- 789 3 maart 2014 EN
What’s this? I’m blogging about my work on a weekly basis – a simple way to track and archive whatever it is I spend my time on.
Last week started in Helsinki, where I’d traveled with David Nieborg to unravel the secret of the Finnish games industry, which has been incredibly successful over the past few years. The obvious big companies are Rovio (Angry Birds) and Supercell (Clash of Clans), but the success seems to go beyond those two. How did we go about this? By doing a lot of interviews of course.
On Monday, we visited trade organisation Neogames, start-up Next Games (one of the heavily funded companies trying to become the next Supercell, even though everyone agrees Supercell is probably a once in a lifetime outlier) and the ‘pelitalo’ (game room) of the Helsinki City Youth Department, where youngsters can freely play and make games. Finally we had a beer with Mikael Haveri of Housemarque, one of the nation’s oldest game development studios.
On Tuesday, we visited Remedy Games (Max Payne, Alan Wake, Quantum Break), Rovio, Grand Cru (another heavily funded start-up, with a pretty nice view from its office, see below) and Secret Exit (the indie studio behind Zen Bound, Eyelord and others). Finally we dropped by Indie Beer Helsinki #27, a monthly get-together organised by Petri Purho.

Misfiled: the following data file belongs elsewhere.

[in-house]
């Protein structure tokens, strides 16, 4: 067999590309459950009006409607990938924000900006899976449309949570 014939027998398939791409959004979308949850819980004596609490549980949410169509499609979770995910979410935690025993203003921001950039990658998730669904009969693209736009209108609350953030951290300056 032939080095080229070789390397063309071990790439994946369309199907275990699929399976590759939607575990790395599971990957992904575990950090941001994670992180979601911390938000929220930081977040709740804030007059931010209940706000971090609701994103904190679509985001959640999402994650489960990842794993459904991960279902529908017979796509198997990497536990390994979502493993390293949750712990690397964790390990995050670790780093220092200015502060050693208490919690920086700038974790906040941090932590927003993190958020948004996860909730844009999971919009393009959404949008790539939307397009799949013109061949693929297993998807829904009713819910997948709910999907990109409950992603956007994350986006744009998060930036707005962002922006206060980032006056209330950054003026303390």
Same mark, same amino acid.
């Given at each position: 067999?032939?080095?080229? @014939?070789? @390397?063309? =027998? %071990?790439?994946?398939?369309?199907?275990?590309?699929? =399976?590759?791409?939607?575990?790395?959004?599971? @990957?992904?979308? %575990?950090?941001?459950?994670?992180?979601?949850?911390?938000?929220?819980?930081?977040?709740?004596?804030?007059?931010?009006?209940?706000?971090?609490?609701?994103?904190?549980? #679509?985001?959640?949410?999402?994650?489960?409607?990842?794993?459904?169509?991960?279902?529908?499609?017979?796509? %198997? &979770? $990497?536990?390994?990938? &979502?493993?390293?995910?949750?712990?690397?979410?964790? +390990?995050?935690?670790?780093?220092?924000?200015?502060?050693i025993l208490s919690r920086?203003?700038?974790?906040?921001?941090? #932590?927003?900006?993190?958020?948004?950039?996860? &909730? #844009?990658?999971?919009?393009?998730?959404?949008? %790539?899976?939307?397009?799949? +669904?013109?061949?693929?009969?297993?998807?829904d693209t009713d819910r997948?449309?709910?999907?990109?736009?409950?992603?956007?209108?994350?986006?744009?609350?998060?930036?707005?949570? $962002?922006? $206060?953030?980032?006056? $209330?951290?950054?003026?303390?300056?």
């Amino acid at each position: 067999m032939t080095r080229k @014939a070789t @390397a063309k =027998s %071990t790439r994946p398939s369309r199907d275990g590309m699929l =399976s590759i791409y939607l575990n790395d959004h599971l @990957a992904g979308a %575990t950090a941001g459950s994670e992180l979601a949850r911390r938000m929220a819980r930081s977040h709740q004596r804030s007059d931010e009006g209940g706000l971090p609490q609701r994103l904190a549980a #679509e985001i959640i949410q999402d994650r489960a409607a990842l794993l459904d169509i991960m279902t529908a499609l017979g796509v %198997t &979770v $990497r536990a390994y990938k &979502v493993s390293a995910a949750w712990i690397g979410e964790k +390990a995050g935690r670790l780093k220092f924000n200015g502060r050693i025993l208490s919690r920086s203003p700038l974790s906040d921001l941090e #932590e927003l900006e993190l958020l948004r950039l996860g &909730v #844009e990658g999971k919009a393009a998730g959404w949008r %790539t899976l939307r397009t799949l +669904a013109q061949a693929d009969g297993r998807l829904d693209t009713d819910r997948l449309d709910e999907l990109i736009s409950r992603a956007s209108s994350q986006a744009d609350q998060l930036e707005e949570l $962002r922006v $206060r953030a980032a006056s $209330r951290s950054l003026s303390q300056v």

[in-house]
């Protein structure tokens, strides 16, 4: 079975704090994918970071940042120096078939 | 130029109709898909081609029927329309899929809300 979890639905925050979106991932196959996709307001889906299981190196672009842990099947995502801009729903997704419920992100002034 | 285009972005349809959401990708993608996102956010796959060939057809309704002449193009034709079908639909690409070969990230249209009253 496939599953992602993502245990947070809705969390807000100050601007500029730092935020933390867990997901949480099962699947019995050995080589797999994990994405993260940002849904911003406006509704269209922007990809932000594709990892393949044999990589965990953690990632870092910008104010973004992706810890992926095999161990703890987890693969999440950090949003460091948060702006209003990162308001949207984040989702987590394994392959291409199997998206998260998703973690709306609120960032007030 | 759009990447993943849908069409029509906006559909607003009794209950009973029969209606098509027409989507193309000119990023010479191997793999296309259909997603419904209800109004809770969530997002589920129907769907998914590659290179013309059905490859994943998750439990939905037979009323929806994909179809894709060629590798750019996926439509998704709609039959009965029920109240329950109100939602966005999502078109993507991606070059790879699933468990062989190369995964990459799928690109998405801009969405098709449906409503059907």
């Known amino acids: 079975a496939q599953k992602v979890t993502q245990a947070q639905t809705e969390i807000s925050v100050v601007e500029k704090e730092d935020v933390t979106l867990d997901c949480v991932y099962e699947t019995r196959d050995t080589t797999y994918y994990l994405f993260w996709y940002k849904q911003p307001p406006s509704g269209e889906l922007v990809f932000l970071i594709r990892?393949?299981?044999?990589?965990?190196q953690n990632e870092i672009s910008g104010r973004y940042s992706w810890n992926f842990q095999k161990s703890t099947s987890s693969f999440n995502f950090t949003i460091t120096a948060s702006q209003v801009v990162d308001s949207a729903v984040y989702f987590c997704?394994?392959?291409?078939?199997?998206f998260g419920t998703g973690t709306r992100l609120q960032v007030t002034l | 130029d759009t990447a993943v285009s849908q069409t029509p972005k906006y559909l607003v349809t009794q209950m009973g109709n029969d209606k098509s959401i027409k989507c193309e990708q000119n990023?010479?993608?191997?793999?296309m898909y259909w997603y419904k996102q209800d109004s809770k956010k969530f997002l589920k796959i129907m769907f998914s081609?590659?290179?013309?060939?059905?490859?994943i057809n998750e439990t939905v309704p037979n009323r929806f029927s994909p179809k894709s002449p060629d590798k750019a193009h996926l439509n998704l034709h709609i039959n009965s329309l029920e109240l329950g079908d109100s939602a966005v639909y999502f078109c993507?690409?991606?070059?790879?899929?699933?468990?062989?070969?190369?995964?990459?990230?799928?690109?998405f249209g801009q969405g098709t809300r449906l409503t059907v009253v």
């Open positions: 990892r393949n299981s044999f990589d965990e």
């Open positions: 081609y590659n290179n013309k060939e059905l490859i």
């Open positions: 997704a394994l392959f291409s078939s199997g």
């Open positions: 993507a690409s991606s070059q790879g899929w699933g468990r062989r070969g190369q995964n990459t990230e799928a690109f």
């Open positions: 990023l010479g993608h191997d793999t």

On Wednesday we visited Pelit, the oldest games magazine of Finland, and spoke with Tuija Lindén, the woman who has been its editor-in-chief for more than two decades. We then visited Tekes, the government fund that invests in various technological fields, including games, and flew back to The Netherlands.
Did we discover the secret of the Finns? I think we may have. At the very least, we identified some clear differences from the Dutch situation. More soon.
Other than all that, I wrote a small review of Thief, which appeared in nrc.next on Thursday, alongside Rogier Kahlmann’s piece on the new Castlevania. I also wrote an article on Minecraft, which should be in NRC Handelsblad today.
On Friday night, I had dinner with Sander van der Vegte, who just came back from Norway, where he made the fun Unity toy Useless Machine. He also just got started at MediaMonks as head of games.